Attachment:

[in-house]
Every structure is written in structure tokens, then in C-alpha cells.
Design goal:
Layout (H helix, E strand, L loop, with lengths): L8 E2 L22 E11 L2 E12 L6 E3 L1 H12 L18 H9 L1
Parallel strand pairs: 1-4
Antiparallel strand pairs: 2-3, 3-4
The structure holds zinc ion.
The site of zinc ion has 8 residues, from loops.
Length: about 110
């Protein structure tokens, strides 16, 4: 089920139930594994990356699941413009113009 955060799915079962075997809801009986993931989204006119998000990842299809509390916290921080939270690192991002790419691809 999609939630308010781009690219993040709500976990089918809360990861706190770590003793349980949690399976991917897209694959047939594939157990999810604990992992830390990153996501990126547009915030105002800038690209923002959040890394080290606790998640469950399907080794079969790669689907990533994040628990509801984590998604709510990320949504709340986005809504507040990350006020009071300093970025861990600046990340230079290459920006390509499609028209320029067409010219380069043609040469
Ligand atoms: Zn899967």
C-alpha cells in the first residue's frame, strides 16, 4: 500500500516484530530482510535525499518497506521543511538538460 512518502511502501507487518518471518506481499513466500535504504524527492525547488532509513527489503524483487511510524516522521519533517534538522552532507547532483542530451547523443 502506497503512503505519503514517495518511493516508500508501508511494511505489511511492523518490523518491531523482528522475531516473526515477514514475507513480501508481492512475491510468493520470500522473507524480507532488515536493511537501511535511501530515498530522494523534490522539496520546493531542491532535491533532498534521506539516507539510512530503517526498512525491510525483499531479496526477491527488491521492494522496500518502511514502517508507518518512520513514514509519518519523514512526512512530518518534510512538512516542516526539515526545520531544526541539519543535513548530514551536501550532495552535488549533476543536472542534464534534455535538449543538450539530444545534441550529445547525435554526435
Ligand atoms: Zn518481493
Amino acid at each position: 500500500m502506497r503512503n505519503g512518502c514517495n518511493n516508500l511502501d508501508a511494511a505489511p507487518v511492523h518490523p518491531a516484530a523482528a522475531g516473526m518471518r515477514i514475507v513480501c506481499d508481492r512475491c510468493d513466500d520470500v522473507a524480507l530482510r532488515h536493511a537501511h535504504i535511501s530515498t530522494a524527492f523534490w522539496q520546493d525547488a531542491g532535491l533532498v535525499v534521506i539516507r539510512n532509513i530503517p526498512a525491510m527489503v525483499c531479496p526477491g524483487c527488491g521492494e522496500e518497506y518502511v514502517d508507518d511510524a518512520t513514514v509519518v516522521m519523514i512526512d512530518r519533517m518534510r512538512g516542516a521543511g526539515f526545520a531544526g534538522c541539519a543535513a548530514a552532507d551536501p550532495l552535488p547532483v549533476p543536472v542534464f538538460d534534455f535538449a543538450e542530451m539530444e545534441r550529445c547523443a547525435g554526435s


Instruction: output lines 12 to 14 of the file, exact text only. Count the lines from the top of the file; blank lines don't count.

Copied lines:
C-alpha cells in the first residue's frame, strides 16, 4: 500500500516484530530482510535525499518497506521543511538538460 512518502511502501507487518518471518506481499513466500535504504524527492525547488532509513527489503524483487511510524516522521519533517534538522552532507547532483542530451547523443 502506497503512503505519503514517495518511493516508500508501508511494511505489511511492523518490523518491531523482528522475531516473526515477514514475507513480501508481492512475491510468493520470500522473507524480507532488515536493511537501511535511501530515498530522494523534490522539496520546493531542491532535491533532498534521506539516507539510512530503517526498512525491510525483499531479496526477491527488491521492494522496500518502511514502517508507518518512520513514514509519518519523514512526512512530518518534510512538512516542516526539515526545520531544526541539519543535513548530514551536501550532495552535488549533476543536472542534464534534455535538449543538450539530444545534441550529445547525435554526435
Ligand atoms: Zn518481493
Amino acid at each position: 500500500m502506497r503512503n505519503g512518502c514517495n518511493n516508500l511502501d508501508a511494511a505489511p507487518v511492523h518490523p518491531a516484530a523482528a522475531g516473526m518471518r515477514i514475507v513480501c506481499d508481492r512475491c510468493d513466500d520470500v522473507a524480507l530482510r532488515h536493511a537501511h535504504i535511501s530515498t530522494a524527492f523534490w522539496q520546493d525547488a531542491g532535491l533532498v535525499v534521506i539516507r539510512n532509513i530503517p526498512a525491510m527489503v525483499c531479496p526477491g524483487c527488491g521492494e522496500e518497506y518502511v514502517d508507518d511510524a518512520t513514514v509519518v516522521m519523514i512526512d512530518r519533517m518534510r512538512g516542516a521543511g526539515f526545520a531544526g534538522c541539519a543535513a548530514a552532507d551536501p550532495l552535488p547532483v549533476p543536472v542534464f538538460d534534455f535538449a543538450e542530451m539530444e545534441r550529445c547523443a547525435g554526435s